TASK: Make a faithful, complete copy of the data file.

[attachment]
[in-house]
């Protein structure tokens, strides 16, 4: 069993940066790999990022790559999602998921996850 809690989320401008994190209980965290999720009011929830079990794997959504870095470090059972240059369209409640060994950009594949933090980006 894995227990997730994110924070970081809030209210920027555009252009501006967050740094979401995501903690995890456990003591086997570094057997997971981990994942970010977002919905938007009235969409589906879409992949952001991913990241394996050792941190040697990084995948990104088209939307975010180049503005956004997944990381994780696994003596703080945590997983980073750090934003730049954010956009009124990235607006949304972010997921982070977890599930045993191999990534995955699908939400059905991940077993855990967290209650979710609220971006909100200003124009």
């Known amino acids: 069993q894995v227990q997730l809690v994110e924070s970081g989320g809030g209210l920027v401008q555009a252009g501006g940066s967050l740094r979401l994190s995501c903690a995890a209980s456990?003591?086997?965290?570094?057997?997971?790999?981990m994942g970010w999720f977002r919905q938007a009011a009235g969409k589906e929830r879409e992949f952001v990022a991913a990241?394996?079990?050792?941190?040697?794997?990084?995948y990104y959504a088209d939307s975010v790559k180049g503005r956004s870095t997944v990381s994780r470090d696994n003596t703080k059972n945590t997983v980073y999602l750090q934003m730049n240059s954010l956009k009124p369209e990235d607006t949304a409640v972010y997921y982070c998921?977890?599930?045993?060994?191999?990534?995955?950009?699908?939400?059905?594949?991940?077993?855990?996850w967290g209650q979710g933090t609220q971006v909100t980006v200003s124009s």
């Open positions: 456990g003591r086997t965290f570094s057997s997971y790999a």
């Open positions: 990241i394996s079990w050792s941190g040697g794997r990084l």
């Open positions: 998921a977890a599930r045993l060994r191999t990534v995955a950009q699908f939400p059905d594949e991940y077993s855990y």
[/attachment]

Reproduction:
[in-house]
């Protein structure tokens, strides 16, 4: 069993940066790999990022790559999602998921996850 809690989320401008994190209980965290999720009011929830079990794997959504870095470090059972240059369209409640060994950009594949933090980006 894995227990997730994110924070970081809030209210920027555009252009501006967050740094979401995501903690995890456990003591086997570094057997997971981990994942970010977002919905938007009235969409589906879409992949952001991913990241394996050792941190040697990084995948990104088209939307975010180049503005956004997944990381994780696994003596703080945590997983980073750090934003730049954010956009009124990235607006949304972010997921982070977890599930045993191999990534995955699908939400059905991940077993855990967290209650979710609220971006909100200003124009």
């Known amino acids: 069993q894995v227990q997730l809690v994110e924070s970081g989320g809030g209210l920027v401008q555009a252009g501006g940066s967050l740094r979401l994190s995501c903690a995890a209980s456990?003591?086997?965290?570094?057997?997971?790999?981990m994942g970010w999720f977002r919905q938007a009011a009235g969409k589906e929830r879409e992949f952001v990022a991913a990241?394996?079990?050792?941190?040697?794997?990084?995948y990104y959504a088209d939307s975010v790559k180049g503005r956004s870095t997944v990381s994780r470090d696994n003596t703080k059972n945590t997983v980073y999602l750090q934003m730049n240059s954010l956009k009124p369209e990235d607006t949304a409640v972010y997921y982070c998921?977890?599930?045993?060994?191999?990534?995955?950009?699908?939400?059905?594949?991940?077993?855990?996850w967290g209650q979710g933090t609220q971006v909100t980006v200003s124009s």
């Open positions: 456990g003591r086997t965290f570094s057997s997971y790999a």
């Open positions: 990241i394996s079990w050792s941190g040697g794997r990084l």
């Open positions: 998921a977890a599930r045993l060994r191999t990534v995955a950009q699908f939400p059905d594949e991940y077993s855990y």